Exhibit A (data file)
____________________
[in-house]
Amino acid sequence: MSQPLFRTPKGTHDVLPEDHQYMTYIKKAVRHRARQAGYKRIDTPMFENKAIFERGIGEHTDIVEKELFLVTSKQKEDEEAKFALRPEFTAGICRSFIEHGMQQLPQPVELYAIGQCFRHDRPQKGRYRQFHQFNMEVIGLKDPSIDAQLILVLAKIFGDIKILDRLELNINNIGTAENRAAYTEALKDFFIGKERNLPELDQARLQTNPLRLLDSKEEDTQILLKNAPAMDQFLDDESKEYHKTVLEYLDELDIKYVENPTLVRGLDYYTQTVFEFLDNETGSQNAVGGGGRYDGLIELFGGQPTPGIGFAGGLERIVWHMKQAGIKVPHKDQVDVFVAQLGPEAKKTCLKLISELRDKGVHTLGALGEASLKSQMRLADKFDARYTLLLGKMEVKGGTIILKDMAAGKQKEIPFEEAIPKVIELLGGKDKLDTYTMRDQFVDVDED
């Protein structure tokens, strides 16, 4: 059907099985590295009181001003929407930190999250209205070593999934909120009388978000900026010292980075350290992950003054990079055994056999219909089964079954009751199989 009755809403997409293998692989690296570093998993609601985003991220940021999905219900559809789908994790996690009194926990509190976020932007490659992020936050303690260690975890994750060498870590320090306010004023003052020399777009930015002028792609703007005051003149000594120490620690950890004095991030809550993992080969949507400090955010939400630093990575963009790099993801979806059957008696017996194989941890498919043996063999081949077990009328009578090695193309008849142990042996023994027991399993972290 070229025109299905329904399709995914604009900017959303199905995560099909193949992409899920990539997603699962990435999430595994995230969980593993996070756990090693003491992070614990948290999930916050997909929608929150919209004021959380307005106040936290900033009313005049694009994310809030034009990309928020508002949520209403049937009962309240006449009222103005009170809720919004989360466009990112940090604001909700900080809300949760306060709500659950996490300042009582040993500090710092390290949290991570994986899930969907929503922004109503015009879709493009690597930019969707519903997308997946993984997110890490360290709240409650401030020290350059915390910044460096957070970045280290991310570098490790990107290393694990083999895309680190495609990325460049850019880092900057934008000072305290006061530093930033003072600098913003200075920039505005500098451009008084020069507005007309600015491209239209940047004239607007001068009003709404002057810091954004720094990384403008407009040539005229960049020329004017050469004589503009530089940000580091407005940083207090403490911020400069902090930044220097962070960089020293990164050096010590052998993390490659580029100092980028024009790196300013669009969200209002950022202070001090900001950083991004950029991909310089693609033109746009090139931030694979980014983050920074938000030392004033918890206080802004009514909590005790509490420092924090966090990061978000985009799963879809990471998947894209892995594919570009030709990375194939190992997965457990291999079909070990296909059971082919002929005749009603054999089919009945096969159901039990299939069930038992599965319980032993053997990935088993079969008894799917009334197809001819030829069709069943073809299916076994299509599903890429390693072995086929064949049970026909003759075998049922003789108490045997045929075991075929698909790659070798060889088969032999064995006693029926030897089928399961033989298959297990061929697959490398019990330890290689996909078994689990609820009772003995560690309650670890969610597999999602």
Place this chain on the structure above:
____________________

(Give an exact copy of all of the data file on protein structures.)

[in-house]
Amino acid sequence: MSQPLFRTPKGTHDVLPEDHQYMTYIKKAVRHRARQAGYKRIDTPMFENKAIFERGIGEHTDIVEKELFLVTSKQKEDEEAKFALRPEFTAGICRSFIEHGMQQLPQPVELYAIGQCFRHDRPQKGRYRQFHQFNMEVIGLKDPSIDAQLILVLAKIFGDIKILDRLELNINNIGTAENRAAYTEALKDFFIGKERNLPELDQARLQTNPLRLLDSKEEDTQILLKNAPAMDQFLDDESKEYHKTVLEYLDELDIKYVENPTLVRGLDYYTQTVFEFLDNETGSQNAVGGGGRYDGLIELFGGQPTPGIGFAGGLERIVWHMKQAGIKVPHKDQVDVFVAQLGPEAKKTCLKLISELRDKGVHTLGALGEASLKSQMRLADKFDARYTLLLGKMEVKGGTIILKDMAAGKQKEIPFEEAIPKVIELLGGKDKLDTYTMRDQFVDVDED
């Protein structure tokens, strides 16, 4: 059907099985590295009181001003929407930190999250209205070593999934909120009388978000900026010292980075350290992950003054990079055994056999219909089964079954009751199989 009755809403997409293998692989690296570093998993609601985003991220940021999905219900559809789908994790996690009194926990509190976020932007490659992020936050303690260690975890994750060498870590320090306010004023003052020399777009930015002028792609703007005051003149000594120490620690950890004095991030809550993992080969949507400090955010939400630093990575963009790099993801979806059957008696017996194989941890498919043996063999081949077990009328009578090695193309008849142990042996023994027991399993972290 070229025109299905329904399709995914604009900017959303199905995560099909193949992409899920990539997603699962990435999430595994995230969980593993996070756990090693003491992070614990948290999930916050997909929608929150919209004021959380307005106040936290900033009313005049694009994310809030034009990309928020508002949520209403049937009962309240006449009222103005009170809720919004989360466009990112940090604001909700900080809300949760306060709500659950996490300042009582040993500090710092390290949290991570994986899930969907929503922004109503015009879709493009690597930019969707519903997308997946993984997110890490360290709240409650401030020290350059915390910044460096957070970045280290991310570098490790990107290393694990083999895309680190495609990325460049850019880092900057934008000072305290006061530093930033003072600098913003200075920039505005500098451009008084020069507005007309600015491209239209940047004239607007001068009003709404002057810091954004720094990384403008407009040539005229960049020329004017050469004589503009530089940000580091407005940083207090403490911020400069902090930044220097962070960089020293990164050096010590052998993390490659580029100092980028024009790196300013669009969200209002950022202070001090900001950083991004950029991909310089693609033109746009090139931030694979980014983050920074938000030392004033918890206080802004009514909590005790509490420092924090966090990061978000985009799963879809990471998947894209892995594919570009030709990375194939190992997965457990291999079909070990296909059971082919002929005749009603054999089919009945096969159901039990299939069930038992599965319980032993053997990935088993079969008894799917009334197809001819030829069709069943073809299916076994299509599903890429390693072995086929064949049970026909003759075998049922003789108490045997045929075991075929698909790659070798060889088969032999064995006693029926030897089928399961033989298959297990061929697959490398019990330890290689996909078994689990609820009772003995560690309650670890969610597999999602």
Place this chain on the structure above: